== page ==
This appeal is from decrees overruling respondents' demurrer to the bill of complaint and granting to complainant a temporary restraining order applicable to Mobile County. The grounds of demurrer here insisted on are that, (a) there is no equity in the bill, (b) there is a misjoinder of parties-respondent, and (c) each contract is unenforceable because it lacks mutuality. We address our discussion to these insistences.
Equity of Bill
Except as to failure to show a sufficient consideration moving from complainant to respondents, as hereinafter indicated and discussed, we think the general demurrer going to the equity of the bill was properly overruled.
The enforceability of negative covenants in employment contracts, such as we have here, has been the subject of many litigated cases and a fertile field for text-book writers, law-journal contributors, and annotators. In this connection, we invite attention to the case of Arthur Murray Dance Studios of Cleveland v. Witter, Ohio Com.Pl.1952, 105 N.E.2d 685-712, as indicative of the feeling of frustration which might reasonably engulf the researcher on the subject. While that case is not from the court of last resort of Ohio, it is, to say the least, proof sufficient of the difficulty encountered in resolving questions incident to such covenants. As there plaintively observed, in which we feelingly concur:
The policy of this state with respect to such contracts is embraced in Sections 22, 23 and 24, Tit. 9, Code 1940. Sections 22 and 23 are as follows:
Section 24, not here applicable, provides for further exceptions in favor of partnership arrangements.
Mr. Justice Bouldin, in discussing these sections in Shelton v. Shelton, 238 Ala. 489, 492, 192 So. 55, 57, observed that "the statutes * * * mean what they say". There can be no question, then, in view of Section 22, supra, that if the contracts place more restraint on the respondents than permitted by Section 23, supra, they are, to that extent, void. And as further observed in Shelton v. Shelton, supra:
In determining whether such relief is appropriate, there should be taken into account "such considerations as the nature or character of the employment, the size and condition of the locality to which the prohibition extends, the duration of the prohibition, and the consideration moving to the employee for his agreement to the restriction." 36 Am.Jur., Monopolies, Combinations and Restraints of Trade, p. 554, sec. 78. Continuing to quote from the same authority: "Where the restraint is larger and wider than the protection of the party with whom the contract is made can possibly require, such restraint must be considered as unreasonable in law, and the contract which would enforce it is therefore void." From sec. 79 of the same authority is the following:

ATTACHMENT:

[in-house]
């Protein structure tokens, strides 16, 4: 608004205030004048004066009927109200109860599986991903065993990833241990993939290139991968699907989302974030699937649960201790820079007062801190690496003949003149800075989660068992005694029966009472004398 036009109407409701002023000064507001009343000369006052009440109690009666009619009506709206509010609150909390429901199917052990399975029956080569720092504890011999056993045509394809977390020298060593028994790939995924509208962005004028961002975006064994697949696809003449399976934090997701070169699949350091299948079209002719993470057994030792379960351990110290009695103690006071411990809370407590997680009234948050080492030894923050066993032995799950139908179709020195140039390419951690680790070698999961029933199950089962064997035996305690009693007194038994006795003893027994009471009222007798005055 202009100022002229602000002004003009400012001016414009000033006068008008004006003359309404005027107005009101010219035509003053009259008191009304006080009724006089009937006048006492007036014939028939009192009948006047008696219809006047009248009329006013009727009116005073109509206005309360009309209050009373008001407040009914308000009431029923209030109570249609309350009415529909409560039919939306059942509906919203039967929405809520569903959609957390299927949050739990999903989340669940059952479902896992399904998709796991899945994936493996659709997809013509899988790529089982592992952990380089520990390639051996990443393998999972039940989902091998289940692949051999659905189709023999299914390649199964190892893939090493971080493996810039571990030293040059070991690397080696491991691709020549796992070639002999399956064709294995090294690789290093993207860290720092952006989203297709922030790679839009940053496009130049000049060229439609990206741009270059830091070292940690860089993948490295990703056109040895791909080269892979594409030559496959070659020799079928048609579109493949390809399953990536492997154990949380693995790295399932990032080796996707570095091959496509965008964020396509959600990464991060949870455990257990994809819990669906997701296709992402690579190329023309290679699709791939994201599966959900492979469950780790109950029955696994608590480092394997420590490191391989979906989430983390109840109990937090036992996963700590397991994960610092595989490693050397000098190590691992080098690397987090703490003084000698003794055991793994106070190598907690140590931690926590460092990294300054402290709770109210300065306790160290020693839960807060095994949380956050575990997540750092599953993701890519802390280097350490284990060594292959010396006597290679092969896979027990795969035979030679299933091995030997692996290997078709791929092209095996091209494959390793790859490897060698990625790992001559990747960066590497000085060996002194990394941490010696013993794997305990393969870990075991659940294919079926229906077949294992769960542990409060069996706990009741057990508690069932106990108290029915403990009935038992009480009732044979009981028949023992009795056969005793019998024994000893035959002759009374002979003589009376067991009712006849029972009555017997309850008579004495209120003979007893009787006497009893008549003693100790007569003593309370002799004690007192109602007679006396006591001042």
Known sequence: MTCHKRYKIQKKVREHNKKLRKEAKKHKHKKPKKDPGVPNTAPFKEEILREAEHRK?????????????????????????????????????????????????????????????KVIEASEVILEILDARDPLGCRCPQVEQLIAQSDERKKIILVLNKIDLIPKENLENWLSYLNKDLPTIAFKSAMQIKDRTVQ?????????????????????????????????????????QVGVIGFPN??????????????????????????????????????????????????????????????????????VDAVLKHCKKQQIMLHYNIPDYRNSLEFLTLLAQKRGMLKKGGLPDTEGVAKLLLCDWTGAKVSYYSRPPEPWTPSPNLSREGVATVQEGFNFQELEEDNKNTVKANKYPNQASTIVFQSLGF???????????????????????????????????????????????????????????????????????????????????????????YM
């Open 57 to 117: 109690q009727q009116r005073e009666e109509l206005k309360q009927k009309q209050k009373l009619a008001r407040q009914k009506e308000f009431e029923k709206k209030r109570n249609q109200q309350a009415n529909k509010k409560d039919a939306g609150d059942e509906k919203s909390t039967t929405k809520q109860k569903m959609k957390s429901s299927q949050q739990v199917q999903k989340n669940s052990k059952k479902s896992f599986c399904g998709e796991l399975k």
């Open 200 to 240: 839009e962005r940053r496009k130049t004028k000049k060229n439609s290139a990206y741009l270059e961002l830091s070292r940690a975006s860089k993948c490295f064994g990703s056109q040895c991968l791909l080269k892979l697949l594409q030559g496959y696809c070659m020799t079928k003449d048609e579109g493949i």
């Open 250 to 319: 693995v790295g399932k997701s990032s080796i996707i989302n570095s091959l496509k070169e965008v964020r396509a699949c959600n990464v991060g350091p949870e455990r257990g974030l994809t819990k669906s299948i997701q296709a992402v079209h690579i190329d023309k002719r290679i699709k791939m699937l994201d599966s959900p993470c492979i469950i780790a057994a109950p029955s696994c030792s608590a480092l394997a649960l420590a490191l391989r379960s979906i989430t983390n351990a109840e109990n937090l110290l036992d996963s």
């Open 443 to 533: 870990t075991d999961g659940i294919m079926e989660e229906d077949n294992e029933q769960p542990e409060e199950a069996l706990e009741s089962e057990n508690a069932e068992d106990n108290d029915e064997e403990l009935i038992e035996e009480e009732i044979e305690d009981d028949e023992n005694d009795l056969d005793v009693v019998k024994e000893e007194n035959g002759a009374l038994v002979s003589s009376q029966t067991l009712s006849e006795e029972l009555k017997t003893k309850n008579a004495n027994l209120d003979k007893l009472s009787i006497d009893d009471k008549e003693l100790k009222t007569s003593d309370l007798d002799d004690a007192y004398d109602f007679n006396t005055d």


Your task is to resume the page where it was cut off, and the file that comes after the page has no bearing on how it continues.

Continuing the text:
As to the reasonableness of such covenants, "the test generally applied * * * is whether or not the restraint is necessary for the protection of the business or good will of the employer, and, if so, whether it imposes on the employee any greater restraint than is reasonably necessary to secure to the business of the employer, or the good will thereof, such protection, regard being had to the injury which may result to the public from restraining the breach of the covenant, in the loss of the employee's service and skill and the danger of his becoming a charge upon the public. In order to sustain such restrictive covenants in contracts of employment it is necessary that the covenants shall not offend against the rule that as to the time during which the restraint is imposed, or as to the territory it embraces, it shall be no greater than is reasonably necessary to secure the protection of the business or good will of the employer." Anno., Agreements Restricting Employment, 119 A.L.R. 1452. For other annotations on the subject see 3 A.L.R.2d 522; 152 A.L.R. 415; 98 A.L.R. 963; 67 A.L.R. 1002; 52 A.L.R. 1362; 29 A.L.R. 1331; 20 A.L.R. 861; 9 A.L.R. 1456.
The principle is thus stated in 17 C.J.S., Contracts, § 254, page 636:
One of the many well-considered cases on the subject which we have read and considered is Kadis v. Britt, 224 N.C. 154, 29 S.E.2d 543, 546, 152 A.L.R. 405. We call attention to the following observations from that decision which are in accord with our views: